|From “The Commonwealth Legacy at 90”|
Born this day in 1837: Anna M. Richardson Harkness (1837–1926), philanthropist and one of the first women in the nation to establish a philanthropic foundation.
Anna Harkness was heir to a fortune amassed by her husband, Stephen V, Harkness, an early investor in Standard Oil. She was a generous philanthropist, giving to churches and to missions both at home and abroad. Eventually she saw the wisdom of bringing organization and focus to her philanthropic work. In 1918 she established the Commonwealth Fund with an endowment of $10 million dollars. Her son, Edward Harkness, served as its first president. The family continued to contribute to the endowment over the years, to the tune of more than $53 million.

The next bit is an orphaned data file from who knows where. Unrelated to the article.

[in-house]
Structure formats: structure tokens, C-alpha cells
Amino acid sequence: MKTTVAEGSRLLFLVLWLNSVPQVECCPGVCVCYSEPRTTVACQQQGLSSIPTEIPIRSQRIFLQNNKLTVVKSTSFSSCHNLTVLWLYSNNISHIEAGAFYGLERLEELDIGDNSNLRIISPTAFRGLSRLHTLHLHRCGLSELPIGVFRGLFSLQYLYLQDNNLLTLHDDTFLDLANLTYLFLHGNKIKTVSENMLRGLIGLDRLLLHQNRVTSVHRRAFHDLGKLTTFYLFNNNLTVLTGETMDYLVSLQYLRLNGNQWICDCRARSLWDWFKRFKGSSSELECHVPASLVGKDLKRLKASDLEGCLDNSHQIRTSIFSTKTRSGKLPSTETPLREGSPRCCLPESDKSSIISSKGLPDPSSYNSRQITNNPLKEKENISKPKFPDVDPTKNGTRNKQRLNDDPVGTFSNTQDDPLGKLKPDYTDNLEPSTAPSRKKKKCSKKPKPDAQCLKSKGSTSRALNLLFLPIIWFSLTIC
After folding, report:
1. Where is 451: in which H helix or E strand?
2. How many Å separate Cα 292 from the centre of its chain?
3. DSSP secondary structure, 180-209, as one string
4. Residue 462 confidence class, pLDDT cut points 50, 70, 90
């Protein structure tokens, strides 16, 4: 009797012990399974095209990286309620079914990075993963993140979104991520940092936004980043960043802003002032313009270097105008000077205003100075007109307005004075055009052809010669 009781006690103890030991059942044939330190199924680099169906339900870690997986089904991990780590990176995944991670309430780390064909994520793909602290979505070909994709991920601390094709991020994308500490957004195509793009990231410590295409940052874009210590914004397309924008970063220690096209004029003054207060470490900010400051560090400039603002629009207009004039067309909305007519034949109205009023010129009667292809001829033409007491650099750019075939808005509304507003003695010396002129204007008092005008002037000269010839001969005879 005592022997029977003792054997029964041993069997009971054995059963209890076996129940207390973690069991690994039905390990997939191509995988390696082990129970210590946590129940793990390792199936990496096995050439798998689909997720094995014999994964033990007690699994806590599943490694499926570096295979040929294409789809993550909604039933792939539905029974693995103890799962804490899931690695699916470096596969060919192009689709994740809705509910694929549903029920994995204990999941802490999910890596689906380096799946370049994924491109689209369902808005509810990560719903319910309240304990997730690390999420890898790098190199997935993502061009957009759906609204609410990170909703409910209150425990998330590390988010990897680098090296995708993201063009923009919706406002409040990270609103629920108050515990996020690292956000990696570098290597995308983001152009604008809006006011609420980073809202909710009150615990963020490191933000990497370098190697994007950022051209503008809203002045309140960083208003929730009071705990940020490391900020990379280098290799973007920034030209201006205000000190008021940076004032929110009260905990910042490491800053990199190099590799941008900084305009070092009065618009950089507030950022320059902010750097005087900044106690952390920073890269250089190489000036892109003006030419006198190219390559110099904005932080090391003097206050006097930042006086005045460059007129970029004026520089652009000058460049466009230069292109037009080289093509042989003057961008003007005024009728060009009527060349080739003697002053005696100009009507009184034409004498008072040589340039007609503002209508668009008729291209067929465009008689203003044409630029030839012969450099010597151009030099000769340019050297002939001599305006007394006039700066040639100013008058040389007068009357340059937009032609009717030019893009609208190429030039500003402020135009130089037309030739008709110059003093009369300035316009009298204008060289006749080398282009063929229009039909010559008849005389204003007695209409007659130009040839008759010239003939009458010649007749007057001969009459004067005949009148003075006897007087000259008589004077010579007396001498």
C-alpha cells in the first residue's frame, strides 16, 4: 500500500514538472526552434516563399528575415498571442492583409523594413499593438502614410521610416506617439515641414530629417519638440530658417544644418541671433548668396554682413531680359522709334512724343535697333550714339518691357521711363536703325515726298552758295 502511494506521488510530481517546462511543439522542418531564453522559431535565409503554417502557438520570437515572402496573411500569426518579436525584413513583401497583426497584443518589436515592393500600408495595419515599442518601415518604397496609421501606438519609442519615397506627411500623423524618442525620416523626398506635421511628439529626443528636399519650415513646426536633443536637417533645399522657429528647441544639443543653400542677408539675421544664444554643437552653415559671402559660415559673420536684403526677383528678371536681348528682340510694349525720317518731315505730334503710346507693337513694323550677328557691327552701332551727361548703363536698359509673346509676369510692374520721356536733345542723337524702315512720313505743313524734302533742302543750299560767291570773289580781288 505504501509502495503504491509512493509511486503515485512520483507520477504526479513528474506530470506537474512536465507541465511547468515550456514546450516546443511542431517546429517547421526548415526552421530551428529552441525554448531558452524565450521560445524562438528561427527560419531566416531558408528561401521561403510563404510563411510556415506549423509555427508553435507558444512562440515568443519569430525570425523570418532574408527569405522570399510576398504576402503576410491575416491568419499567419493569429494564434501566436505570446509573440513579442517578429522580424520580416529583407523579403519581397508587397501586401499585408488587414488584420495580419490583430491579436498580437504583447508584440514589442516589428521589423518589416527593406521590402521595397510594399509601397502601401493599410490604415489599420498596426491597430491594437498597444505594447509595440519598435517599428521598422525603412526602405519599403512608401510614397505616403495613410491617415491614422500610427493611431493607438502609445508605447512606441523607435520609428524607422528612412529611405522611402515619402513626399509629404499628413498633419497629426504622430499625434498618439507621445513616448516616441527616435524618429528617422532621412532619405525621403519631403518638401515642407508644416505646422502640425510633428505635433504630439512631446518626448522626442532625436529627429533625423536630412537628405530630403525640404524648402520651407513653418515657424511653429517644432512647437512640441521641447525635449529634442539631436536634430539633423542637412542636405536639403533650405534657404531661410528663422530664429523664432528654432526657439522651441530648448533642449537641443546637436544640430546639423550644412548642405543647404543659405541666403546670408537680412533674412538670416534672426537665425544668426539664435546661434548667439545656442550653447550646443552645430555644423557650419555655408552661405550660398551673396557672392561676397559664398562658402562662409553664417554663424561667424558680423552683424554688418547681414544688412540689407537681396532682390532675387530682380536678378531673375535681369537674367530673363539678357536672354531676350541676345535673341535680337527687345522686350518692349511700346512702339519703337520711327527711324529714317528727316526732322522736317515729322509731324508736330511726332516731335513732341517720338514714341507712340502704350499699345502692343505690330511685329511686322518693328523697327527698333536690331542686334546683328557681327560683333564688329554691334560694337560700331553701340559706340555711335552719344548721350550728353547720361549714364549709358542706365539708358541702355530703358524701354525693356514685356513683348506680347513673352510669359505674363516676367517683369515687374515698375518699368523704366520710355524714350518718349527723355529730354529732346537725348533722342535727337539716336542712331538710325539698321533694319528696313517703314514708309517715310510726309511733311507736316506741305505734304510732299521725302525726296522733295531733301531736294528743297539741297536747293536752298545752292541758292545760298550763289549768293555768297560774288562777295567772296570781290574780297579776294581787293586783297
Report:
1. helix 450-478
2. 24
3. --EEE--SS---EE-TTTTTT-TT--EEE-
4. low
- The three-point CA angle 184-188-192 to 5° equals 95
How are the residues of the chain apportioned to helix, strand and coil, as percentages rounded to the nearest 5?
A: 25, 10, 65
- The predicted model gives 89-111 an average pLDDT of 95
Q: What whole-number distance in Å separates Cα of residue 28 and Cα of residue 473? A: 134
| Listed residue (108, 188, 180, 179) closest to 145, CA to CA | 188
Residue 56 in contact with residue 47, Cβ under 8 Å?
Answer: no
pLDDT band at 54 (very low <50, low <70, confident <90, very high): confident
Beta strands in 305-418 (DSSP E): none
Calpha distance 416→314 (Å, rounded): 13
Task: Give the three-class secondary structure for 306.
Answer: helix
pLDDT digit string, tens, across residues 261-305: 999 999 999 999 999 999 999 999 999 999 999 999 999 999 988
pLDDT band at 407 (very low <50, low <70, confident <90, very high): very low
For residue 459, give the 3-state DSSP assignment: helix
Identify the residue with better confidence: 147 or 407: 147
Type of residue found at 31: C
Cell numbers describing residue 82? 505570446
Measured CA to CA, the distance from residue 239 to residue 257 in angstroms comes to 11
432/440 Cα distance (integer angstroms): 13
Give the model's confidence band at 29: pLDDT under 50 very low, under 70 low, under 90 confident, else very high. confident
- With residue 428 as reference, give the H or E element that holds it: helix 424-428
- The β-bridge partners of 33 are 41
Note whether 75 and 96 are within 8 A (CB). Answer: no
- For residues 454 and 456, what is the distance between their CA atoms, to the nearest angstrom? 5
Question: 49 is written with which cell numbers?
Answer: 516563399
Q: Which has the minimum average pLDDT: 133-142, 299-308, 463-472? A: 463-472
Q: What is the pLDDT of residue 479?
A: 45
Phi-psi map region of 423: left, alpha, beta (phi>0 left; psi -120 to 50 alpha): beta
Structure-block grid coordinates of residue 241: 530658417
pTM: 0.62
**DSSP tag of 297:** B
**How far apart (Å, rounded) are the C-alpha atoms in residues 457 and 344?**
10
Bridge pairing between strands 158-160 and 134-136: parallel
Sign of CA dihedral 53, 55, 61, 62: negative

Among the Commonwealth Fund’s missions was the advancement of healthcare. To that end it contributed to the building of hospitals and clinics (especially in rural areas) and medical schools and established a fellowship program to bring young professionals from the United Kingdom, Australia, New Zealand, and other English-speaking countries to study in the United States. The Commonwealth Fund continues today as one of the country’s major philanthropies.
Harkness was adept at managing her wealth and grew her $50 million dollar inheritance to a fortune of $85 million. Much of that fortune she devoted to personal giving. The New York Public Library, the Musuem of Natural History, the New York Zoological Society, and the Metropolitan Museum of Art are counted among her beneficiaries. She and her son Edward also donated a 22-acre parcel of land to build a new facility for Columbia University’s College of Physicians and Surgeons and the Presbyterian Hospital.
In her will Harnkness left $36 million dollars to charity, including an additional $22 million for the Commonwealth Fund. Despite her generosity, “Anna Harnkess” was not a household name. She did not trumpet her philanthropy, but preferred anonymous giving.